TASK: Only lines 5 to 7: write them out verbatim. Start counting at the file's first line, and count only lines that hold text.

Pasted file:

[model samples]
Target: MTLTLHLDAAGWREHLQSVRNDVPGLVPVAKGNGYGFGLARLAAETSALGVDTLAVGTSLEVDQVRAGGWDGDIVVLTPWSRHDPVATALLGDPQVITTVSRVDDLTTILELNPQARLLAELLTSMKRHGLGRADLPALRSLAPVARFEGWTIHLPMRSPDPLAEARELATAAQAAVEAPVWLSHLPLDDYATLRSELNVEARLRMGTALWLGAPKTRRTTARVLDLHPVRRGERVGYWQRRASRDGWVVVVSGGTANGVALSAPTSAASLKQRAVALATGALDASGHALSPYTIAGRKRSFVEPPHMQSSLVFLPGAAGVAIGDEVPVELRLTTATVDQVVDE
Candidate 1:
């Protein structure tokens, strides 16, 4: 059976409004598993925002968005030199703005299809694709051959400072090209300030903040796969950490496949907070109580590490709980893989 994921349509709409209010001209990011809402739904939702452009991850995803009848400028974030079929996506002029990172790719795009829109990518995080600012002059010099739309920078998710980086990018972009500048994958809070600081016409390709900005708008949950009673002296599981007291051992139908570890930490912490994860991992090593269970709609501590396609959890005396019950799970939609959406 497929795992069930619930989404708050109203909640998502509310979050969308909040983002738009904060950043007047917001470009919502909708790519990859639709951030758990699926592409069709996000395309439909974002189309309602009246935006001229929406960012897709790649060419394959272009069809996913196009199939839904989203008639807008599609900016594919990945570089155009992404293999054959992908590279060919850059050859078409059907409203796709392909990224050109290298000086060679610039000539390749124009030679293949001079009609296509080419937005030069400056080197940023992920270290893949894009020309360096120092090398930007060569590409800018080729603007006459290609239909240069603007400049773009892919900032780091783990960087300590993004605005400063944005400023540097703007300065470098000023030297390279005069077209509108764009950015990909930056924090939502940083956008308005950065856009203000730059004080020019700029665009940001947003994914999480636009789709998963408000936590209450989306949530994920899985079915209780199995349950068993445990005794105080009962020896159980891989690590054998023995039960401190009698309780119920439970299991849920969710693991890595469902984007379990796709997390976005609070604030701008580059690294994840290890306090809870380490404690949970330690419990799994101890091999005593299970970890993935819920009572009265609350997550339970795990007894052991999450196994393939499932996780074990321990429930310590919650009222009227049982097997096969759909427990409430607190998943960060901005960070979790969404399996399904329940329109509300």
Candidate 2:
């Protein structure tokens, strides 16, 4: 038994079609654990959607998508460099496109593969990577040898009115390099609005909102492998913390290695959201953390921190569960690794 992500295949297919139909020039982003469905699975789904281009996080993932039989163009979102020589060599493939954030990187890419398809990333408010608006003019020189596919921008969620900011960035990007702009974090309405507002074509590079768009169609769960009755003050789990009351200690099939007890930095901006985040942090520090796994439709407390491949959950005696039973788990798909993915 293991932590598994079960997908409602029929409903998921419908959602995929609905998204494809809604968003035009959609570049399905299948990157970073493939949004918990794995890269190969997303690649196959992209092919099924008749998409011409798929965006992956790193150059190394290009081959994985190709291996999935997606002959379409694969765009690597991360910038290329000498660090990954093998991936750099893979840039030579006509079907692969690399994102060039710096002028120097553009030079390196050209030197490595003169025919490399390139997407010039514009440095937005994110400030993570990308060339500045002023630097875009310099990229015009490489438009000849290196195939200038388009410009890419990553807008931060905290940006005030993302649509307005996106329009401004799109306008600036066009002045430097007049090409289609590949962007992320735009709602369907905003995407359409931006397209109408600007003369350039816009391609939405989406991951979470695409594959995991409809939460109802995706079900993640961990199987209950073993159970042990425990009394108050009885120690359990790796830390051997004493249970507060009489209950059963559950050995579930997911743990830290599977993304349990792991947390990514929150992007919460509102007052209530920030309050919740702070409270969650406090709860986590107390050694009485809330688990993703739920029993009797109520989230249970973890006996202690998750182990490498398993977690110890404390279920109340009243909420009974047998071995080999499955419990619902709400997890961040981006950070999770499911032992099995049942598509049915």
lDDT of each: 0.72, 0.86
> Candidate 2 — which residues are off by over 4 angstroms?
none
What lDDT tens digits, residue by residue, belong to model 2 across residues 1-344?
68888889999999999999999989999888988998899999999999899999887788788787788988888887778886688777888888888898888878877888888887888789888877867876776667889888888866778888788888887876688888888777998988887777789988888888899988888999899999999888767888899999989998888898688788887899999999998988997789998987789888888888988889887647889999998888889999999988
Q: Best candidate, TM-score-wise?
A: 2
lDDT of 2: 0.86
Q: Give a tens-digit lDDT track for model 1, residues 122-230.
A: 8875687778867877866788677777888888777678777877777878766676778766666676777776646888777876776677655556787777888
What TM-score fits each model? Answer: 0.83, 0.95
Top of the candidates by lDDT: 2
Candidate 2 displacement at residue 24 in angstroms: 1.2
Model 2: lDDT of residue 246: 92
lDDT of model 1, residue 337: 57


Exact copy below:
Candidate 2:
């Protein structure tokens, strides 16, 4: 038994079609654990959607998508460099496109593969990577040898009115390099609005909102492998913390290695959201953390921190569960690794 992500295949297919139909020039982003469905699975789904281009996080993932039989163009979102020589060599493939954030990187890419398809990333408010608006003019020189596919921008969620900011960035990007702009974090309405507002074509590079768009169609769960009755003050789990009351200690099939007890930095901006985040942090520090796994439709407390491949959950005696039973788990798909993915 293991932590598994079960997908409602029929409903998921419908959602995929609905998204494809809604968003035009959609570049399905299948990157970073493939949004918990794995890269190969997303690649196959992209092919099924008749998409011409798929965006992956790193150059190394290009081959994985190709291996999935997606002959379409694969765009690597991360910038290329000498660090990954093998991936750099893979840039030579006509079907692969690399994102060039710096002028120097553009030079390196050209030197490595003169025919490399390139997407010039514009440095937005994110400030993570990308060339500045002023630097875009310099990229015009490489438009000849290196195939200038388009410009890419990553807008931060905290940006005030993302649509307005996106329009401004799109306008600036066009002045430097007049090409289609590949962007992320735009709602369907905003995407359409931006397209109408600007003369350039816009391609939405989406991951979470695409594959995991409809939460109802995706079900993640961990199987209950073993159970042990425990009394108050009885120690359990790796830390051997004493249970507060009489209950059963559950050995579930997911743990830290599977993304349990792991947390990514929150992007919460509102007052209530920030309050919740702070409270969650406090709860986590107390050694009485809330688990993703739920029993009797109520989230249970973890006996202690998750182990490498398993977690110890404390279920109340009243909420009974047998071995080999499955419990619902709400997890961040981006950070999770499911032992099995049942598509049915």
lDDT of each: 0.72, 0.86